top of page
  • Writer's pictureBrandy Miron

Episode 17: Saving Your Money - RRSP's or TFSA's

Updated: Jan 15, 2020

This week was my birthday week, which got me to thinking about aging, retirement, and savings. It also happens to be RRSP season, so I answered your questions about registered retirement savings plans and tax-free savings accounts!


Registered Retirement Savings Plans – otherwise known as RRSP’s are government-controlled savings plans, meaning there are specific rules surrounding them, but they also offer some tax advantages.


The idea behind an RRSP account is to give taxpayers the benefit of getting a tax deduction in the year you make your contribution to the account. Every dollar that you put into an RRSP decreases your taxable income by a dollar. The RRSP year is from March 1-February 28 (usually, it can change based on leap years or the way a weekend falls, but that’s general guideline). The reason for this is to allow people to do tax planning at the end of the regular tax year (which is January-December). For example, if you know you got a huge bonus at work in 2018 and you want to bring yourself down an income tax bracket, you could make an RRSP contribution as late as March 1, 2019 in order to keep yourself in that lower bracket.

You can choose from a bevy of different investments within your RRSP plan, it’s not necessarily just an interest-bearing savings account – you can have stocks, bonds, mutual funds, index funds, exchange-traded funds, shares, even gold & silver within an RRSP. Any investment income you make within that RRSP is not taxable for the entire time it’s in there.

Some of you may also get the opportunity to contribute and even be matched by an employer to an RRSP. This usually means that the employer will deduct the RRSP contribution right off your paycheck, so you don’t even see it in the first place, and put it into your RRSP account. Sometimes, if you’re really lucky, your employer will even match your contribution – if you have this chance, take it – it’s free money!


The amount that CRA lets you put in is based on your previous year’s income – right now it is 18% of your 2017 income, or $26,010, whichever is less. Now, if you don’t put the entire 18% or $26K in this year, you will get to carry that amount forward, which is why a lot of you listening probably have a way higher contribution limit than that. If you don’t know what your contribution limit is, take a look on your 2017 tax return, notice of assessment, or you can check your online My CRA account.

If you over-contribute to your RRSP fund in any given year, there is a penalty, which needs to be calculated using a very complicated form called a T1-OVP. The penalty is based on how much you over-contributed and how long that over-contribution stayed in the RRSP account.


Technically, you can take a draw from your RRSP at any time, but as soon as you do, it becomes taxable income to you. The amount of tax you will pay depends on what income tax bracket you are in in the year that you take it.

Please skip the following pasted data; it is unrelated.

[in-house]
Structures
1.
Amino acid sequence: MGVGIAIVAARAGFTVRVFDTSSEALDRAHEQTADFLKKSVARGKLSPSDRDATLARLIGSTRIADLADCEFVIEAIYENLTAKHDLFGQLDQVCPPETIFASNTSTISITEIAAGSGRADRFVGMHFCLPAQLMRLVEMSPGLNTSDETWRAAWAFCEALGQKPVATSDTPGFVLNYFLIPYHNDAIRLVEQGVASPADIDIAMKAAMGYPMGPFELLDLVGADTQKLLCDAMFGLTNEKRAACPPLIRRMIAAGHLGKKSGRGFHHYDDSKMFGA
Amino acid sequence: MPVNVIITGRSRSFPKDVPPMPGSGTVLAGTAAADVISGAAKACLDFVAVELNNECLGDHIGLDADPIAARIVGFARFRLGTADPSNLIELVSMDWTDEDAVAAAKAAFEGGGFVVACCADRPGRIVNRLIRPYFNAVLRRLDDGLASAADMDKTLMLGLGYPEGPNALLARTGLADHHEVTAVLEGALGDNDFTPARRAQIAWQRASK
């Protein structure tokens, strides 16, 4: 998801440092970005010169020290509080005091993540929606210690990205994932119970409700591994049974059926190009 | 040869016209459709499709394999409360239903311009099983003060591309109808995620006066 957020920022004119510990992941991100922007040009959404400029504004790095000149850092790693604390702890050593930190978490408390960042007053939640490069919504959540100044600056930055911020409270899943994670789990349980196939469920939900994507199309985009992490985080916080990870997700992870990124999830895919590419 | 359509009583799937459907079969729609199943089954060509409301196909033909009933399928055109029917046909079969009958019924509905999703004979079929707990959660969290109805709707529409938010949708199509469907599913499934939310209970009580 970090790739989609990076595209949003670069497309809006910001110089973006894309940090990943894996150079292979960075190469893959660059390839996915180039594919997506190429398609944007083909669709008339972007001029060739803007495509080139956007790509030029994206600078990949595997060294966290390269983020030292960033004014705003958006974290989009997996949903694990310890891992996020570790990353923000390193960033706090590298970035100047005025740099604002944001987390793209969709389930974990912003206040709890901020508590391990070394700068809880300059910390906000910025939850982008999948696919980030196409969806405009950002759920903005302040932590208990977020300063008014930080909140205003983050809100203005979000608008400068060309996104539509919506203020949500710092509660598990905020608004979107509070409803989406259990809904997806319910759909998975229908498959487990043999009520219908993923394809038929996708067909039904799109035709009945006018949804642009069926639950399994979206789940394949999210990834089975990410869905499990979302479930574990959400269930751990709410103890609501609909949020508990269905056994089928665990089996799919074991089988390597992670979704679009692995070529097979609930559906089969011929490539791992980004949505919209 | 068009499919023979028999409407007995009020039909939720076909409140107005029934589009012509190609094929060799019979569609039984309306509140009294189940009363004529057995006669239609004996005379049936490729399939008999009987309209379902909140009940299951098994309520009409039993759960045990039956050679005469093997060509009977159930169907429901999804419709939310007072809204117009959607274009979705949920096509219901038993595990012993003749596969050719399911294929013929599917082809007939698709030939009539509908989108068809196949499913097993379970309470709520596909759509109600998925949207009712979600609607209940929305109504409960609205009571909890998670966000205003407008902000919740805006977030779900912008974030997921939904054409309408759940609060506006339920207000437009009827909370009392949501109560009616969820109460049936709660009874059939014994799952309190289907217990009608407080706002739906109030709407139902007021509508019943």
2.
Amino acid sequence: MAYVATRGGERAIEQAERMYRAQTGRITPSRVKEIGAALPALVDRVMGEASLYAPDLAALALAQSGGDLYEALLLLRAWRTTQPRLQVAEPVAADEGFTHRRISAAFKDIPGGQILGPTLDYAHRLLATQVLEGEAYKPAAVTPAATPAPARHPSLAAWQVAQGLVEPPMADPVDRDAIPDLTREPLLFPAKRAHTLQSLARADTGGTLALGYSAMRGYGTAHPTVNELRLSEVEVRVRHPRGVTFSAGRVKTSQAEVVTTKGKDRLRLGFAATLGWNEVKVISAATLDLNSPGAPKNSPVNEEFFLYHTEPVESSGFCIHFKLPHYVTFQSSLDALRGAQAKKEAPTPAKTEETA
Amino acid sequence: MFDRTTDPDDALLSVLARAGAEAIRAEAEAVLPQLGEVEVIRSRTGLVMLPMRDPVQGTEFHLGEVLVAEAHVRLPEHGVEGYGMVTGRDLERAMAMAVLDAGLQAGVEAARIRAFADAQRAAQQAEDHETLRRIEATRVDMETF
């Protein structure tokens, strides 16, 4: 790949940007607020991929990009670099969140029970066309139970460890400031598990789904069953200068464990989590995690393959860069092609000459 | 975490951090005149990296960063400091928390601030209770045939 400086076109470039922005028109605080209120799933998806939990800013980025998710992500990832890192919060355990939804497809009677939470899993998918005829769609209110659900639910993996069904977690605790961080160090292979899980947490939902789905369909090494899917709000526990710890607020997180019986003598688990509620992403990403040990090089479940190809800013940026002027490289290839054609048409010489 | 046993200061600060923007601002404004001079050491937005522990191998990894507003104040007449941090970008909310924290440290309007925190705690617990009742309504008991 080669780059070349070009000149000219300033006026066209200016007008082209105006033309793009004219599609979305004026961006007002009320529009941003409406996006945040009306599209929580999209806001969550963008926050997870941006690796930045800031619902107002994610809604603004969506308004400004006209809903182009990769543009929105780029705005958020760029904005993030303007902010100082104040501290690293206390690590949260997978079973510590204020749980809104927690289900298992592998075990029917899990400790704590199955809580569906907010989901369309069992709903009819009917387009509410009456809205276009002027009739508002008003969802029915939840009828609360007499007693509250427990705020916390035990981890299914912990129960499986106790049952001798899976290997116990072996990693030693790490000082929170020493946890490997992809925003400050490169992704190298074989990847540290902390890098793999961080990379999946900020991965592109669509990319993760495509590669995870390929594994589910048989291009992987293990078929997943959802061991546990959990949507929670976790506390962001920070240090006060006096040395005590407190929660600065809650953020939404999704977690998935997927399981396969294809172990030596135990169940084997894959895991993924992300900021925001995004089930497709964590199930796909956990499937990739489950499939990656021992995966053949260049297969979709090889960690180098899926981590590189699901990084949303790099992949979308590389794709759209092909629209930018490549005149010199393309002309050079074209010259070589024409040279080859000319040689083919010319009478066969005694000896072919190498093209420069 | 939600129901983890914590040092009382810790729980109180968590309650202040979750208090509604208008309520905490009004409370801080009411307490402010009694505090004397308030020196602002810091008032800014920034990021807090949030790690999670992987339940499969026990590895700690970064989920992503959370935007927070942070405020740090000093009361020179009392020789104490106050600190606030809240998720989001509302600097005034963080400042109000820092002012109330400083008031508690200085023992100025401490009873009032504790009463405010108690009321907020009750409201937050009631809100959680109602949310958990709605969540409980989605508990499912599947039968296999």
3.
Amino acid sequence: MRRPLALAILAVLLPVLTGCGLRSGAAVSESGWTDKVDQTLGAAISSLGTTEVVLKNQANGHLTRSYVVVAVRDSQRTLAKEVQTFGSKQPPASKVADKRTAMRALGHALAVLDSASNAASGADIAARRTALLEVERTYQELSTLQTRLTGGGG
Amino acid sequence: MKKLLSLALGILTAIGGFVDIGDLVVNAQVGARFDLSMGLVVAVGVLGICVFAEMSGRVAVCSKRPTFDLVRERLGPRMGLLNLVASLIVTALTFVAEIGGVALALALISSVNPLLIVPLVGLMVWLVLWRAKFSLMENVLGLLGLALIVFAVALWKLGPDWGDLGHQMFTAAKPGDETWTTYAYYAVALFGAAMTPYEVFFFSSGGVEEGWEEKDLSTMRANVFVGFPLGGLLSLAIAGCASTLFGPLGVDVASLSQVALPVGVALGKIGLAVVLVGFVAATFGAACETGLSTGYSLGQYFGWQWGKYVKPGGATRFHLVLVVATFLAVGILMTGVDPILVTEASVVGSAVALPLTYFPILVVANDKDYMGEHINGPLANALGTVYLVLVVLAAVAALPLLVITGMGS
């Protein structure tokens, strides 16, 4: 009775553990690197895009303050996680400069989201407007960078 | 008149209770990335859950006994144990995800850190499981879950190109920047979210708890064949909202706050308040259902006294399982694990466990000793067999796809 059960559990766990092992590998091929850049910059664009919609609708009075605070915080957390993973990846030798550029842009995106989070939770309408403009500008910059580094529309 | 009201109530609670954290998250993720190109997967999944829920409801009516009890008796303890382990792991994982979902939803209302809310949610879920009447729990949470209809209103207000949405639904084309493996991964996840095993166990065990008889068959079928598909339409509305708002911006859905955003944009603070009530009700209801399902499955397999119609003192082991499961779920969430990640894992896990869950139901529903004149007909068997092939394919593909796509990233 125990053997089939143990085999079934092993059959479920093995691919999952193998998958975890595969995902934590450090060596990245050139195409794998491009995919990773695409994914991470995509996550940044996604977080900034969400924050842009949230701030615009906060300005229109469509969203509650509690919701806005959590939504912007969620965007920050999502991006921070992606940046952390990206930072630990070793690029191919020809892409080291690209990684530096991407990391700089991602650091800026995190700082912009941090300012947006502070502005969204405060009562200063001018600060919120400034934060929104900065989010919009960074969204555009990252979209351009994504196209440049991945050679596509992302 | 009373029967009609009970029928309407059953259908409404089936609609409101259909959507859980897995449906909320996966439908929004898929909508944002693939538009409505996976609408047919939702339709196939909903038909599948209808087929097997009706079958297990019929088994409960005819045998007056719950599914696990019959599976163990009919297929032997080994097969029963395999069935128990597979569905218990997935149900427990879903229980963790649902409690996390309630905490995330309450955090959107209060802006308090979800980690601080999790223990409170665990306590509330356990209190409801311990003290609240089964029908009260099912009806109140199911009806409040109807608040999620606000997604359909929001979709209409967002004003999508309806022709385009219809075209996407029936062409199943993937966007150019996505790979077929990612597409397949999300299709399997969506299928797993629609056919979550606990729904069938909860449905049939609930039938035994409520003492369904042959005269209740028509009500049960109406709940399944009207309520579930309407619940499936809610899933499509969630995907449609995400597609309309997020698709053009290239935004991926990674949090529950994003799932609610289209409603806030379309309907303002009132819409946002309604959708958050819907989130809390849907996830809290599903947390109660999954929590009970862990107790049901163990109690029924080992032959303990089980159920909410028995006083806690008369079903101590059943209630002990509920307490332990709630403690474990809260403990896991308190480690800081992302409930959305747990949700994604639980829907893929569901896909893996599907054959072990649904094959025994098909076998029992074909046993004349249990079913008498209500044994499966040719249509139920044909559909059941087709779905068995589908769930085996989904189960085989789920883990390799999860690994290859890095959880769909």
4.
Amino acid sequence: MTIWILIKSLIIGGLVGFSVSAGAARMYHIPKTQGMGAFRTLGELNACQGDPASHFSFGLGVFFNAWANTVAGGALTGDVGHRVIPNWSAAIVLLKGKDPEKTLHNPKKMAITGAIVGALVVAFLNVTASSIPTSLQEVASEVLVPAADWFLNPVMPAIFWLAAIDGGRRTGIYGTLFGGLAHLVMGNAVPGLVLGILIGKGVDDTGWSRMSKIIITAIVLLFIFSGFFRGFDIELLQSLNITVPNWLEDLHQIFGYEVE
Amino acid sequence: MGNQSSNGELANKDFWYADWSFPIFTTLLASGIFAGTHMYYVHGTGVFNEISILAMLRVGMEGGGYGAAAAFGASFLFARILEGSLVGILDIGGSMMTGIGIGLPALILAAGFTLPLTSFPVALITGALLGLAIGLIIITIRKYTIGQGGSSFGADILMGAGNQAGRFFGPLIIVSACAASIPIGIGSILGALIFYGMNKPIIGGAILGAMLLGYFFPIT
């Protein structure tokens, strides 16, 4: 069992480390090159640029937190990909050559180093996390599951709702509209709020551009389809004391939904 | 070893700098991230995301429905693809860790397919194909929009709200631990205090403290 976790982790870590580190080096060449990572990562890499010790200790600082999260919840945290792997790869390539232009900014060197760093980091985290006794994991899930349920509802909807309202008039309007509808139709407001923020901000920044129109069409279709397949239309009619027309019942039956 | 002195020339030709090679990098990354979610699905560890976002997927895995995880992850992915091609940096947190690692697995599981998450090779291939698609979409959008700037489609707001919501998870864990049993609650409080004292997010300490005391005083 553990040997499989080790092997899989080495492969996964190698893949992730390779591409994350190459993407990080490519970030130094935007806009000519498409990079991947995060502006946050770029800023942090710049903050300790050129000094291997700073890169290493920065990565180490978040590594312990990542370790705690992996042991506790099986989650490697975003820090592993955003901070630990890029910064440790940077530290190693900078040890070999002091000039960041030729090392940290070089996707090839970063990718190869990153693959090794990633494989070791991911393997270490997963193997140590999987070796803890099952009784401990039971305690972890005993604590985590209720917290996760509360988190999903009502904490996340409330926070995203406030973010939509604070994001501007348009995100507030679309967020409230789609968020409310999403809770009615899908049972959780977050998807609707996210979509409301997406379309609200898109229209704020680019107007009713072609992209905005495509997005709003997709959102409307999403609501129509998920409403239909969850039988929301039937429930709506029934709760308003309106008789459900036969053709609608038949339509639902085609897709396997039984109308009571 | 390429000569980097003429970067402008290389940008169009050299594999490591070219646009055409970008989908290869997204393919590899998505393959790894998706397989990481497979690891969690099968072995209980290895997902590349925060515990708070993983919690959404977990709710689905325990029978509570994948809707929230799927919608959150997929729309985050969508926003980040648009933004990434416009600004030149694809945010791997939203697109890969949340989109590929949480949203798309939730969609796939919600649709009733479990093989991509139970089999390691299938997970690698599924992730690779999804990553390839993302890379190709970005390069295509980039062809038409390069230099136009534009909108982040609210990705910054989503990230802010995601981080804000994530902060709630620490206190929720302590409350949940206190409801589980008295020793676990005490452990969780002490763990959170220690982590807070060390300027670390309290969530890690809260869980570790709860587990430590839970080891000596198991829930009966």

The point of RRSP’s is to take the funds out when you’re retired, so presumably, you no longer have employment income, you’re likely living on your pension or CPP and you’re in a lower tax bracket than you would have been when you were working. In this way, it’s an ideal savings program because you did end up saving tax on it – you just have to be careful when planning to take out your RRSP’s that the bank or your investment firm is taking off an appropriate amount of tax when they release the funds to you so that you are not stuck owing tax at tax time.

There are also 2 other life events that may occur in which you can “borrow’ your RRSP funds and not have a tax penalty.

1. If you are a first-time homebuyer, you are allowed to take up to $25,000 out of your RRSP to make a down payment on your home. If you are purchasing with somebody else who is also a first-time homebuyer, they could also take $25,000 out of their RRSP. It is considered a loan, so you must repay your RRSP those funds within 15 years. If, during any of those 15 years, you do not make your minimum repayment contribution, that repayment becomes taxable income to you in that year. You do not need to start making repayments until 2 years after your purchase, but you can if you want, so you technically have 17 years to pay it off, but the clock doesn’t start ticking until 2 years later.

2. If you or your spouse is enrolling in a full-time post secondary program (or part-time if you meet certain disability requirements), you can borrow the money from your RRSP through the Life-Long Learning Plan. You can take out up to $10,000 per year, and up to $20,000 total. This amount doubles if your spouse also has an RRSP that they are willing to take money out of for schooling. The money does not have to go toward tuition or books, you can technically use it for whatever you like, as long as you meet the conditions of being a full-time student Again, this program is a LOAN, so repayment is necessary to not be taxed on the income. With this program, you have up to 10 years to repay your loan. The repayment period starts when you are not a student for at least 3 months of the year for 2 years in a row. If after the 5th year, you are still in school for at least 3 months of the year, you will then have to start repaying the loan regardless. If you have money in an RRSP and you are considering taking a student loan, please consider the LLP program instead – it’s a great, interest-free way to fund your schooling with your own money.